It's time to make youth unemployment the focus of our national attention (36211)

Sen. Tom Coburn readily acknowledges that he considers Barack Obama to be a friend and that he has great respect for the president. Last week, Coburn, a Republican from Oklahoma, was asked by a reporter in Tulsa whether the president was seeking to destroy the country with his policies. Here was the senator’s answer:

“No, I don’t. He’s a very bright man,” Coburn said, sounding very much like a friend.

Then, Coburn starts to veer. “His intent isn’t to destroy. It’s to create dependency because it worked so well for him.”

The friend gets more chilling. “As an African-American male, coming through the progress of everything he experienced, he got tremendous benefit through a lot of these programs,” Coburn continued, sounding a little less friend-like. “So he believes in them. I just don’t believe they work overall, and in the long run, they don’t help our country. But he doesn’t know that because his life experience is something different.”

With friends like Coburn, who needs foes?

There is simply so much that’s troubling here. First of all, what are these tremendous benefits that go along with being an African-American male? This is the demographic suffering most from joblessness. Black men are over-represented in the criminal justice system and under-represented on college campuses, with an even smaller percentage who graduate from college. They are most likely to be stopped by police and least likely to get a bank loan.

Poor African-Americans are much more likely to live in concentrated poverty than their white counterparts, which means that many of those who have had great success in business, politics and other fields have traveled a more-not less-difficult road to the kind of success represented by the Obamas.

More than anything, it is another sign of how race simply permeates everything having to do with the 44th president of the United States, from the mundane to the significant. It tinges the discussion of how much vacation time the president takes to his selection of Supreme Court justices and everything in between.

It’s a reflection of what former President Jimmy Carter said when he stated in the early days of the Obama administration that he believes race, and even racism, would be an issue for Obama in trying to lead the country.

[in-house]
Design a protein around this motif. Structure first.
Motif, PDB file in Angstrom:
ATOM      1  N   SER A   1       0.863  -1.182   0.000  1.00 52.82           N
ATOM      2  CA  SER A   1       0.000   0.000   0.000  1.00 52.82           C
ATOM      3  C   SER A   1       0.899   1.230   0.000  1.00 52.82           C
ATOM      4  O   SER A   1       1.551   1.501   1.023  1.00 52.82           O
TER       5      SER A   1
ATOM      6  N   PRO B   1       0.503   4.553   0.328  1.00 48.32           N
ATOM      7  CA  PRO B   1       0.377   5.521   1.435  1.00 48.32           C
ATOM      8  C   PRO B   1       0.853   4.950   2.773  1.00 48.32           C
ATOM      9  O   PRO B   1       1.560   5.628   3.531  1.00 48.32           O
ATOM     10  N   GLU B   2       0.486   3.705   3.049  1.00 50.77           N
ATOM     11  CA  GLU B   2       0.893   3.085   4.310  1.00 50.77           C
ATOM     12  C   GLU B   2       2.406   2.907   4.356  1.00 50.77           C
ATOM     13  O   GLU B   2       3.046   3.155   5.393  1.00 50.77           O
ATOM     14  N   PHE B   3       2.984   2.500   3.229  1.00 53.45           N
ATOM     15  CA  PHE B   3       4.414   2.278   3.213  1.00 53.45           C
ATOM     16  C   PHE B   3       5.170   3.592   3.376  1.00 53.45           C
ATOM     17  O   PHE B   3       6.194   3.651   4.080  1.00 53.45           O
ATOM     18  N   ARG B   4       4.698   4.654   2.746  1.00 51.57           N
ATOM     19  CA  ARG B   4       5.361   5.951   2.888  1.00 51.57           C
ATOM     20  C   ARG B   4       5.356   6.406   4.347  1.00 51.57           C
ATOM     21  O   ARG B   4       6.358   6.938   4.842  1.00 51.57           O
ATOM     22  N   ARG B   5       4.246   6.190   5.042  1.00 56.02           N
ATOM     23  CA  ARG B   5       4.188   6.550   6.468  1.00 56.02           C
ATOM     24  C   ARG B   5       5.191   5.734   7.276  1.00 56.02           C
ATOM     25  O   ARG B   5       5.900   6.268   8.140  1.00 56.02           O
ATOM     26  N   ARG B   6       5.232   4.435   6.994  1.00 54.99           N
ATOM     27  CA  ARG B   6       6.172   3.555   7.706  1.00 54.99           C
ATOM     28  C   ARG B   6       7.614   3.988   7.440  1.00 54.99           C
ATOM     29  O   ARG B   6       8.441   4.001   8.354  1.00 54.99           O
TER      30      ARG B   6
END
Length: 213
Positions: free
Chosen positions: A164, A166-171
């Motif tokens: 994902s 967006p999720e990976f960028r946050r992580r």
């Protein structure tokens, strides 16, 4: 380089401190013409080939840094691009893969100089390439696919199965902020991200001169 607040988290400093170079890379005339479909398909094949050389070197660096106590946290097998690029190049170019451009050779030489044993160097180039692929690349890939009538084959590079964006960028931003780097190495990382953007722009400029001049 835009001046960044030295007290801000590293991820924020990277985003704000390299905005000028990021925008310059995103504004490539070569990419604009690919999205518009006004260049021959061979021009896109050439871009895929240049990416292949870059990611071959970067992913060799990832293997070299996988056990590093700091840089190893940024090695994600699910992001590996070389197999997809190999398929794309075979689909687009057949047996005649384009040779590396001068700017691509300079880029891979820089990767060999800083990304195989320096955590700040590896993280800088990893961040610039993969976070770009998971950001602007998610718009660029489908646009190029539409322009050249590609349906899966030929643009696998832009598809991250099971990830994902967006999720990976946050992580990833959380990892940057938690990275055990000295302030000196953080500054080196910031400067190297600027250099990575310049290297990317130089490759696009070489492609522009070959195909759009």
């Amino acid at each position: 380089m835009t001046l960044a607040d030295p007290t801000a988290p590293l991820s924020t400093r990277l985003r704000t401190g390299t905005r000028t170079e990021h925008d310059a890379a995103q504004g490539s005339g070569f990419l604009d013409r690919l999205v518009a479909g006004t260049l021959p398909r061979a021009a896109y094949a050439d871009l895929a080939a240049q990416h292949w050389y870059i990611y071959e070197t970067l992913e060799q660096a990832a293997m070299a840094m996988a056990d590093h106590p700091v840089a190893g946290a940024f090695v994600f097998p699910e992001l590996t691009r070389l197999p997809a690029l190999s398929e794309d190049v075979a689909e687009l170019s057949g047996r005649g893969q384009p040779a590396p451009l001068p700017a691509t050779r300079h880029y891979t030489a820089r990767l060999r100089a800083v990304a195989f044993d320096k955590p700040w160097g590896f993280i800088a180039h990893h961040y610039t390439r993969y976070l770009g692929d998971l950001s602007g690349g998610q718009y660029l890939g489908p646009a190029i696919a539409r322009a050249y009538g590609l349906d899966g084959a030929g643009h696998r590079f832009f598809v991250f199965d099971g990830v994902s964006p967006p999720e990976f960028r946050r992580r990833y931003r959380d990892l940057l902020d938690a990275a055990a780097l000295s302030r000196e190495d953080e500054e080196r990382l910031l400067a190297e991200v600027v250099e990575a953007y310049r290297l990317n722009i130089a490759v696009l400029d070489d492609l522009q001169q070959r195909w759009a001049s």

Coburn suggests, as do many of his fellow Republican officials, that the president’s race somehow allowed him to reap “tremendous benefit” through programs that not only made him dependent, but also made him crave policies of dependency for others. He speaks as though any Black man would prefer an unemployment check to a job. For folks on the right, like Coburn, disagreement with the president on issues of policy, like lifting the nation’s debt ceiling or tax policy, are always presented through the prism of race. Moreover, it is infused with even more subtlety by the very nature of the absurd question by the reporter.

Certainly, there were significant disagreements that progressive Americans had with the presidency of George W. Bush, from his handling of the economy to the American military presence in Iraq. However, no reporter asked any senator or other official whether it was Bush’s aim to “destroy” America. And who would have described Bush’s view on the policy matters of the day as based on his upbringing “as a white male”? Where was the national controversy and demands to see the birth certificate of the born-in-Panama Republican presidential candidate John McCain?

The answer is steeped in American’s not-quite reconstructed odyssey with race. The sad thing is that Coburn’s voice-as well intentioned as it purports to be-represents a position that is rampant in the United States, particularly among the Republican right. Race is the sometimes silent, sometimes screeching undercurrent in this presidency. And it is a reflection of how far our country needs yet to travel.